Robert Thomas
Robert Thomas

BY ROBERT THOMAS – Late last year, we posted the Complaint in a federal court lawsuit originating on Kauai. In that case, the owner of a property that has been designated for resort development for 35 years asserted that the adoption of a Charter amendment by the County’s voters and a follow-on ordinance adopted by the County Council that together created a new land use classification (“transient accommodation unit”), and severely limit the number of TAU’s was an attempt to restrict the number of visitors and part-time residents.

The Complaint contains three major allegations: (1) the measures are arbitrary and capricious and violate substantive due process as an attempt to limit visitors, (2) they violate the Hawaii Zoning Enabling Act (Haw. Rev. Stat. § 46-4, the state statute delegating zoning authority to the counties in certain areas for all you land use nerds), which prohibits adopting of zoning ordinances by initiative, and (3) the Charter measure violated the Kauai Charter’s requirement that the ballot question contain an objective summary of the measure.

In an order filed two weeks ago, the District Court addressed the parties’ cross-motions for summary judgment on the latter two counts (neither the plaintiff nor the defendants sought judgment on the substantive due process claim).

The court concluded that the Charter amendment adopted by the voters was, in reality, a prohibited zoning initiative. The court relied on the rationale of  Kaiser Hawaii Kai Dev. Co. v. City & County of Honolulu, 777 P.2d 244 (Haw. 1989), a case in which we successfully argued that § 46-4 prohibits a municipality from adopting a zoning ordinance via the initiative process. In Kaiser Hawaii Kai, the Hawaii Supreme Court held that section 46-4 delegates comprehensive zoning authority to the counties, and this requires them to exercise that power in a uniform manner, which is jeopardized by piecemeal voter-adopted measures. The District Court held:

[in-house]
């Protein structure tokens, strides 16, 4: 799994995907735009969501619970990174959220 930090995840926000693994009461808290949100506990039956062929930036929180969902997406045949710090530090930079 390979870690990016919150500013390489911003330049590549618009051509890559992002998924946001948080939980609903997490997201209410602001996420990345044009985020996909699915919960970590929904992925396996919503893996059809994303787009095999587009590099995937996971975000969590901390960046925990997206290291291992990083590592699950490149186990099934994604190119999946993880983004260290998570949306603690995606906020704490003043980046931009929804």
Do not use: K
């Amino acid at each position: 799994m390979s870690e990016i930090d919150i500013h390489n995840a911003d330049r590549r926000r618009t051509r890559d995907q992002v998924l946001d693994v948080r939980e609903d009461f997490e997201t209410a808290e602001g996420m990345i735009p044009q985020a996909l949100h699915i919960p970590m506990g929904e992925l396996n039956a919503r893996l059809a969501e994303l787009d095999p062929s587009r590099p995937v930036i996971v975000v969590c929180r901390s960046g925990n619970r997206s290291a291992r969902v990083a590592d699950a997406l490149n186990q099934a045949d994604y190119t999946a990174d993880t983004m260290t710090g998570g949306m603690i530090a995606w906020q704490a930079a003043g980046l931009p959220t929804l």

First, although the facts of Kaiser Hawaii Kai are distinguishable from the facts of the instant case, nothing in Kaiser Hawaii Kai indicates that the legal principles which the Hawai`i Supreme Court articulated in that case are limited to initiatives to change the zoning of specific tracts of land. The legal principles in Kaiser Hawaii Kai are clear, and they are equally applicable to other instances in which counties attempt to legislate zoning issues through voter initiative. This Court also rejects Defendants’ argument that Section 3.19 and Ordinance No. 912 merely enacted a permissible shift of internal authority within the County. Section 3.19 and Ordinance No. 912 created a land use classification that did not previously exist, and they established the process developers must follow in order to use their land within that classification. Section 3.19 and Ordinance No. 912 did not merely shift authority over a classification and process that already existed. This Court therefore CONCLUDES that Section 3.19 was an improper zoning initiative and, pursuant to Kaiser Hawaii Kai and Haw. Rev. Stat. § 46-4(a), Section 3.19 is invalid.

Slip op. at 41.

The court also held, however, that the requirement for a not-misleading ballot measure does not apply to Charter amendments. See slip op. at 47 (“Although KBV presents a logical argument that ballot materials describing a proposed Charter amendment should contain an objective summary and should neither mislead nor advocate a position, the courts are not in a position to create such a requirement.”).

A couple of unanswered questions: